the rear

What is that power supply connector looking port with the 12v and speaker symbol sticker for?

Reply 65 of 74, by TheMobRules

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soviet conscript wrote:

What is that power supply connector looking port with the 12v and speaker symbol sticker for?

Probably to connect 12V DC powered speakers, the first ATX case I bought in the late 90's came bundled with a pair of crappy speakers and had a similar connector in the back.

Reply 66 of 74, by jaZz_KCS

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Yes, Some Aptivas came with matching speakers and were usually powered vie 12VDC. Aptivas and other cases of that time featured a 12VDC breakout sometimes and DC to DC cables to connect the speakers so you don't need another power connection for the speakers.

Reply 67 of 74, by SpectriaForce

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Elpast0r wrote:

1) Is it safe to use this psu?

I have never had any problems with those two IBM power supplies. They have brown Nichicon capacitors inside, which can last many more years. I'm not sure what you have heard.

By the way, that API-3186S PSU should be an excellent replacement, because it's more powerful (on all rails) which means less 'stress' on the components.

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Reply 68 of 74, by SpectriaForce

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Elpast0r wrote:
While searching for the psu I also got my hands on a S3 virge(diamond) and a Rage pro Turbo. When browsing through google and yo […]
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While searching for the psu I also got my hands on a S3 virge(diamond) and a Rage pro Turbo.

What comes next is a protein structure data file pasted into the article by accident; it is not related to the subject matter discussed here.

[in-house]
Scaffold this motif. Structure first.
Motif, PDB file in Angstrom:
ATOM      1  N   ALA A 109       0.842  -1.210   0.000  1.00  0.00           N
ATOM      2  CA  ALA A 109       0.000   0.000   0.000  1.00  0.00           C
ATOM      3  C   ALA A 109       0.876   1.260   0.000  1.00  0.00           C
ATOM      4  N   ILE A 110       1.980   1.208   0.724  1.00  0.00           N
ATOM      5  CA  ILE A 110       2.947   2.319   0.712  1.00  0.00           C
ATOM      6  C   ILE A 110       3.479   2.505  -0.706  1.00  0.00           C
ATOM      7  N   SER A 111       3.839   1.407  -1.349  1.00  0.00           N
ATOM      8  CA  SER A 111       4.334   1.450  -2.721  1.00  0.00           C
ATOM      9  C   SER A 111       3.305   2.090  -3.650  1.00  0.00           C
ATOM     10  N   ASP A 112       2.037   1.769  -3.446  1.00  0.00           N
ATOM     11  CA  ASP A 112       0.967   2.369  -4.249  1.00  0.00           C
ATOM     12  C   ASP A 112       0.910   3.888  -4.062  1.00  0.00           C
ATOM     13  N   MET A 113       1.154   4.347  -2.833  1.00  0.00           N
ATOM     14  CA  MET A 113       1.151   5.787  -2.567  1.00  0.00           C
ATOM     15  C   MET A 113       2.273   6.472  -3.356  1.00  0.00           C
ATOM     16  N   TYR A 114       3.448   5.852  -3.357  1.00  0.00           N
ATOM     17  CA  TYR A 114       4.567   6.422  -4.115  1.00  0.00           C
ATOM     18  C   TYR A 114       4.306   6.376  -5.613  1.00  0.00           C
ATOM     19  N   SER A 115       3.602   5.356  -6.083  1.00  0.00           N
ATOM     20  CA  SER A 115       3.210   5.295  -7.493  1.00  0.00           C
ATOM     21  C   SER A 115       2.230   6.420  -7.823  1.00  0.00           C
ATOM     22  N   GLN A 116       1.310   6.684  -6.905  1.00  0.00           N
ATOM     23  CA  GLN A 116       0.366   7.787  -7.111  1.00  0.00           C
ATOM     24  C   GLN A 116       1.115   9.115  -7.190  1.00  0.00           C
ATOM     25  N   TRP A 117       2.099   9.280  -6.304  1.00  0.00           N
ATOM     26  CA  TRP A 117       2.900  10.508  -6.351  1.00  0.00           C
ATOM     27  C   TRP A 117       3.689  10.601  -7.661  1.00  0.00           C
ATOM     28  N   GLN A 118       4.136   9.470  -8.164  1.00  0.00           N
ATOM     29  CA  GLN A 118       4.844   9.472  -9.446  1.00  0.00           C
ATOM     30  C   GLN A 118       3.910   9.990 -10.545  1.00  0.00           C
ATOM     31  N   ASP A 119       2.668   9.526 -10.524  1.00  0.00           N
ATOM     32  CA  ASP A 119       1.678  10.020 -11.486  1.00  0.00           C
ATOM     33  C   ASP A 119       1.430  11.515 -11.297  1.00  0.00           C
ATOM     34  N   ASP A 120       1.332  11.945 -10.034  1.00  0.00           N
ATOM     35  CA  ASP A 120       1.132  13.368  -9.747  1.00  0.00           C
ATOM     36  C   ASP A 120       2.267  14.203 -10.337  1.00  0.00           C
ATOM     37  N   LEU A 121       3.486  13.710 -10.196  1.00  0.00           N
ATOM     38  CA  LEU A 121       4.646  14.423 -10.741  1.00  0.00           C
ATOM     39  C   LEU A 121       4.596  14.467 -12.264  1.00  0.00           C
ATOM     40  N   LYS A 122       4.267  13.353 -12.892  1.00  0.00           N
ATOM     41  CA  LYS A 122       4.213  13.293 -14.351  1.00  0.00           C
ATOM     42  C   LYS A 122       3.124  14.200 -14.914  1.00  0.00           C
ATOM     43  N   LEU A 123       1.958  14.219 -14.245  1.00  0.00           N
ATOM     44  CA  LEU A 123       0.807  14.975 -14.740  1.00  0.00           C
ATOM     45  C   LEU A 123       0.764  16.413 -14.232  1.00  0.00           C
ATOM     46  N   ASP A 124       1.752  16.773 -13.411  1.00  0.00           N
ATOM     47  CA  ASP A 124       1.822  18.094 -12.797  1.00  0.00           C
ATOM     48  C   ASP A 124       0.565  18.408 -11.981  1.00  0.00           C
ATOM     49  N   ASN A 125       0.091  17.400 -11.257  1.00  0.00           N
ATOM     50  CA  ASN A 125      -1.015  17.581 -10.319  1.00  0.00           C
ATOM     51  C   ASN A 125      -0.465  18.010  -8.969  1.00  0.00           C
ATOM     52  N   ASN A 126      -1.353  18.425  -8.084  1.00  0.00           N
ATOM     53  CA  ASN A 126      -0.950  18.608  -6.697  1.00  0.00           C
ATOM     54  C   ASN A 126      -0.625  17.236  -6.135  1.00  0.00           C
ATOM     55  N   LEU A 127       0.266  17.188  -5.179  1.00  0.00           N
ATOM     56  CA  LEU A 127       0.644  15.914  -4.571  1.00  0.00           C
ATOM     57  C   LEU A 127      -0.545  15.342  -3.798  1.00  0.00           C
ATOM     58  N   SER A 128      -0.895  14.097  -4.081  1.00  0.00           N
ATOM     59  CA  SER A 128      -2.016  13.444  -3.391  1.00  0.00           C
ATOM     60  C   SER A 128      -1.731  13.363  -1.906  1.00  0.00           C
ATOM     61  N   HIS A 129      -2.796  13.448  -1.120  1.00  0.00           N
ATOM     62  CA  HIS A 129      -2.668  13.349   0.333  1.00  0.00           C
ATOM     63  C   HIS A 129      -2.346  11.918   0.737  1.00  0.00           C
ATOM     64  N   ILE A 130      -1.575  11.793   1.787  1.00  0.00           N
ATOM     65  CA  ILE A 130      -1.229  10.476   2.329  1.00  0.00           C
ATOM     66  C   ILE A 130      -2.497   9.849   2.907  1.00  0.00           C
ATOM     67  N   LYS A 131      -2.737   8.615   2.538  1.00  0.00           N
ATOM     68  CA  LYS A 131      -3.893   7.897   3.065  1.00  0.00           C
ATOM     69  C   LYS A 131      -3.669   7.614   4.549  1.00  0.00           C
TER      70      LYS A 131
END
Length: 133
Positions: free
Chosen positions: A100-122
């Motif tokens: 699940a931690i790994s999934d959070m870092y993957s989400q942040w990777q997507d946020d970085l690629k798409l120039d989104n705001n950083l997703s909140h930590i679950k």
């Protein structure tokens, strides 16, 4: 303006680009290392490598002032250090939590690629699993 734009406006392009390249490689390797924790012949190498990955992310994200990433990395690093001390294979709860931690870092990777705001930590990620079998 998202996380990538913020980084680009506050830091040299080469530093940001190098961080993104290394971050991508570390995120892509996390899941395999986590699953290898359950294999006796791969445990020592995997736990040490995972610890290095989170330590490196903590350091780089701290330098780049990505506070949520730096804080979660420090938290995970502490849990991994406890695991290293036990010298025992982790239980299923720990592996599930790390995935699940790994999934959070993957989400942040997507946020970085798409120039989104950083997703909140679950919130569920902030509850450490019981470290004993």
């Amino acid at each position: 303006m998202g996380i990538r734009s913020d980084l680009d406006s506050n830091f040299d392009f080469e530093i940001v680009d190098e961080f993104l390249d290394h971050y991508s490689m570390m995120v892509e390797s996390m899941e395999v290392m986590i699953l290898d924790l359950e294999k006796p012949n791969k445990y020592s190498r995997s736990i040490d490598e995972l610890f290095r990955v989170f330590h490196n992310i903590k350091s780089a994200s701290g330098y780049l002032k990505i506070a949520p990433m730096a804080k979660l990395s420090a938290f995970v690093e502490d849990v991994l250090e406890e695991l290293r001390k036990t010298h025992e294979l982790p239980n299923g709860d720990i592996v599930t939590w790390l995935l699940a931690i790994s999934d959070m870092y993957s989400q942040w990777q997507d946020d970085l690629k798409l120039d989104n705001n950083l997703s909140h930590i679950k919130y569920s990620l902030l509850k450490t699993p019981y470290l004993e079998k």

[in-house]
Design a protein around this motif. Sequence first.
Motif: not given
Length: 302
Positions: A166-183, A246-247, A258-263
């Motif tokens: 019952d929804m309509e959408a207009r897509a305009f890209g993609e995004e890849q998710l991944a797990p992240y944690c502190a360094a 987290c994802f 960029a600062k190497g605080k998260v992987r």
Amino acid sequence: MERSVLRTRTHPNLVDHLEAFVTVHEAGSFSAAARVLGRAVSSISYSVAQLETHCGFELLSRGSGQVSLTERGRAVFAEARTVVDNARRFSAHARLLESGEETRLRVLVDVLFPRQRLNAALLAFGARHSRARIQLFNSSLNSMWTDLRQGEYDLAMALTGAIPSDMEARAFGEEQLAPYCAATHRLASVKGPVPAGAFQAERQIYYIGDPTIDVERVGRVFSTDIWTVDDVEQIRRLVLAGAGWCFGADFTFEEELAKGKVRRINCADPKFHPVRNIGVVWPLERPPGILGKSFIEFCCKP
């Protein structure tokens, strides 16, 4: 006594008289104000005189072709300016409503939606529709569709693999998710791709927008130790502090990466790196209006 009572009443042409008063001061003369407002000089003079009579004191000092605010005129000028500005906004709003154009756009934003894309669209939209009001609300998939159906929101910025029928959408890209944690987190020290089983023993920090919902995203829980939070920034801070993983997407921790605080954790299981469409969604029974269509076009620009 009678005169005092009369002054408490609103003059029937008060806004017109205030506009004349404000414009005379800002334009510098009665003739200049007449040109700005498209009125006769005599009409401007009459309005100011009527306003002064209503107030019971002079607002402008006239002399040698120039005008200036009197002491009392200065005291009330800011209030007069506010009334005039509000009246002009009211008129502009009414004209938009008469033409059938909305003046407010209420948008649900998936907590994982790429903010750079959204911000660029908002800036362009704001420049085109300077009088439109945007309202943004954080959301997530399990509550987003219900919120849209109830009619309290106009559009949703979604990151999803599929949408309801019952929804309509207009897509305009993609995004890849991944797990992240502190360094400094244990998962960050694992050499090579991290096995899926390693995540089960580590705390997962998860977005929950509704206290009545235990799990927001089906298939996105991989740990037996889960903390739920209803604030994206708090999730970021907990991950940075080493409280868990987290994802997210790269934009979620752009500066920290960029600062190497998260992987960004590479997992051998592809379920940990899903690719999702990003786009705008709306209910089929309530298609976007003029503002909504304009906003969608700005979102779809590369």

When browsing through google and youtube it looks like I just have to plug in the cards in the correct slot, install the drivers and maybe disable the onboard graphics? (As the cd-rom wasnt working, I got myself some floppy-disks and an external drive.)

2) Do i just plug in the cards and install the drivers?
3) Are those cards any good for my 'goal'? The info i found online seems to tell me they are.

Yes, you can disable the onboard graphics chip (from SiS or ATI, depends on your board) by setting a jumper. Thereafter you install a graphics card and then the driver (usually it's this sequence).

If you want to play DOS games, then the S3 Virge card is a great choice (maybe not the best, but absolutely fine for most games). The Rage Pro Turbo card is designed for Windows 9x games and the bottleneck in your system with that card will be the slow CPU.

https://en.wikipedia.org/wiki/S3_ViRGE

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Reply 70 of 74, by x0zm_

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Intel486dx33 wrote:

My IBM Aptiva socket 7 motherboard has an option for an Intel Pentium or AMD K6 CPU.

I've always liked that case design. Something about it is just... right.

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Reply 72 of 74, by buckeye

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oeuvre wrote: